'Mug: De fascinerende wereld van volksvijand nummer I' went on sale in Dutch bookstores last Friday. The book (in Dutch) was written for the general public, to become familiarised with the difficulties of controlling diseases like malaria in developing countries. Given the absence of malaria in the Netherlands since 1959, the Dutch population has now lived for five decades without the threat of a mosquito-borne disease. There is therefore remarkably little general knowledge about mosquito-borne diseases, notably malaria.
In it I review the historical events that led to the discovery that anophelines transmit malaria, the discovery of DDT, the first global eradication campaign and current optimism that one day we will succeed to get rid of the disease all-together. I detail the current approaches to control malaria vectors through the use of LLINs and indoor residual spraying. Besides this, I make the case that malaria has become 'an industry' and ideal study subject because of the large sums of money currently available for research, but also that much of this science is not being translated into implementable strategies to control malaria better.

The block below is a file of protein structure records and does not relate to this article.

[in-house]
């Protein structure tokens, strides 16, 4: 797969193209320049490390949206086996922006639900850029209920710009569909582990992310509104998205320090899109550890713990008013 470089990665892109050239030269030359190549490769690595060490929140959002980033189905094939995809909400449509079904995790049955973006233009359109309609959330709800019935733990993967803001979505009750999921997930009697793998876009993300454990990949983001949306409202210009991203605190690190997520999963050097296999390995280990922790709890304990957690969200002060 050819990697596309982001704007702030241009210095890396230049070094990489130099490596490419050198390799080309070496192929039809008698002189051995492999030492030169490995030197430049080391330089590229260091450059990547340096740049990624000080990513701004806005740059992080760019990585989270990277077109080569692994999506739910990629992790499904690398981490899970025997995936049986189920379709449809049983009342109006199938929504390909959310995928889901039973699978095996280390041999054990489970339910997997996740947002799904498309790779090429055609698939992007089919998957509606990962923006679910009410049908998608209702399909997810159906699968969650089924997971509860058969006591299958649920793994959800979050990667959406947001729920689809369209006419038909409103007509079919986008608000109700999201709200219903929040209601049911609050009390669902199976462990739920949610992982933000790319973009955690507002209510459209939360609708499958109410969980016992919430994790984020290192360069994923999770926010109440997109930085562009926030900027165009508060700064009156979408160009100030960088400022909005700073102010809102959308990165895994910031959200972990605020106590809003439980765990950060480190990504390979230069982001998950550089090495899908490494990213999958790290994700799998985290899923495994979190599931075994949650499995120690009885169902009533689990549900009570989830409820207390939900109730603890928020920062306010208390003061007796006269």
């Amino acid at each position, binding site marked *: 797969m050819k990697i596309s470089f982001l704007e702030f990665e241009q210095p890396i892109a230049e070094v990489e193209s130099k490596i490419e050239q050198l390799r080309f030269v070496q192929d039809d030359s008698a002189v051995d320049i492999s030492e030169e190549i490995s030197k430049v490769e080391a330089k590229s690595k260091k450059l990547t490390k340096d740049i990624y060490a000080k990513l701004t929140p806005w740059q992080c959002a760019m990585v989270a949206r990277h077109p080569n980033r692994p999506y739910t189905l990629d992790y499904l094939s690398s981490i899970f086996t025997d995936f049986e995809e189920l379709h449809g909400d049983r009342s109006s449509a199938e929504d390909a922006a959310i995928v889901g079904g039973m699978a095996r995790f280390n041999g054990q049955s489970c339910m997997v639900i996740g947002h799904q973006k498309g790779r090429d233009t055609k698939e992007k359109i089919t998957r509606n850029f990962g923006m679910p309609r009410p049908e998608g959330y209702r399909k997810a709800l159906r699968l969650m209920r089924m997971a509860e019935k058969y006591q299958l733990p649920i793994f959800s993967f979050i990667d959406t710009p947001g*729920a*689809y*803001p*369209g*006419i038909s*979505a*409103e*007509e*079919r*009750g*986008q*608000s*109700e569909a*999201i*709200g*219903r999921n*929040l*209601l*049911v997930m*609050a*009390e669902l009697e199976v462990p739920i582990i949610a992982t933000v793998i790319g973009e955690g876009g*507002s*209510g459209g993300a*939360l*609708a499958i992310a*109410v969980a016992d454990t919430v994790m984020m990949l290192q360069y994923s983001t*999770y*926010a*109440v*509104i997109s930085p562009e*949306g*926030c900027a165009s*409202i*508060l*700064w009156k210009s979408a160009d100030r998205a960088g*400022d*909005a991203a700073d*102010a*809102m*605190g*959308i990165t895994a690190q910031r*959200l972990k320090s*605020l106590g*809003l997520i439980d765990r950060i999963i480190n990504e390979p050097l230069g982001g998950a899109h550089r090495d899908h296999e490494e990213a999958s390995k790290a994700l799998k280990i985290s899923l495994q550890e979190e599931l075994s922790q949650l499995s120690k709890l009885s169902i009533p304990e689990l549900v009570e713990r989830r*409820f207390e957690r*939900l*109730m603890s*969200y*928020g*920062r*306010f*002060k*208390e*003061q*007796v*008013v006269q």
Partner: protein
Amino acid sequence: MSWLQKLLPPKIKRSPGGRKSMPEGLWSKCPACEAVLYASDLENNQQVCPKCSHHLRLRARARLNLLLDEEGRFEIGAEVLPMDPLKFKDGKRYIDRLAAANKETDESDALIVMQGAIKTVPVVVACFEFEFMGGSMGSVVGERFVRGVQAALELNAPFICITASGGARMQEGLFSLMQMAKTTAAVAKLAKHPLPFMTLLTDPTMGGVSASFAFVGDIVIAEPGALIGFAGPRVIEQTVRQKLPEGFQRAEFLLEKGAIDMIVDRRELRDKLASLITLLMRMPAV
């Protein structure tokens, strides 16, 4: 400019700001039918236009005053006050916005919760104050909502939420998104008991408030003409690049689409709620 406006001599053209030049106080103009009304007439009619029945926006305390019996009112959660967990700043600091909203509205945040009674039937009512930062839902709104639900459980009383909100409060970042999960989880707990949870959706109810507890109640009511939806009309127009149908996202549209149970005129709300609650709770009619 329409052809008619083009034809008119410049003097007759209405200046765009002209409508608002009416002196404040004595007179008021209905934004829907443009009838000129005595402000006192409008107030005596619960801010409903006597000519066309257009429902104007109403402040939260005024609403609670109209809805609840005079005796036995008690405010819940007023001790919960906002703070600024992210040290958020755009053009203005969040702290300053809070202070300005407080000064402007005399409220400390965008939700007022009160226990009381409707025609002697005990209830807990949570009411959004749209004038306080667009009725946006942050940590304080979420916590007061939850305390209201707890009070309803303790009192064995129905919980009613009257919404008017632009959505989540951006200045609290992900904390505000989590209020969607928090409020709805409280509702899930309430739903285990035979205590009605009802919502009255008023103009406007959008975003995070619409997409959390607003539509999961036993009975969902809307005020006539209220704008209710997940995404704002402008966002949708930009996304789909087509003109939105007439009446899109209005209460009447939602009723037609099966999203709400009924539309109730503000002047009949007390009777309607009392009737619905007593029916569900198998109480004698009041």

For those of you that read 'Mosquito' by the late Andrew Spielman and Michael d'Antonio (Hyperion, 2001) and the classic 'Malaria Capers' by the late Bob Desowitz (Norton, 1991) will get a feel for what this book is all about.
The book was reviewed by a major Dutch newspaper (Volkskrant) last Saturday (29 November), which states 'If we can give a maximum of five stars for a book, Mug deserves at least five'.
Hopefully soon I will find a publisher that is interested in publishing an English version of the book...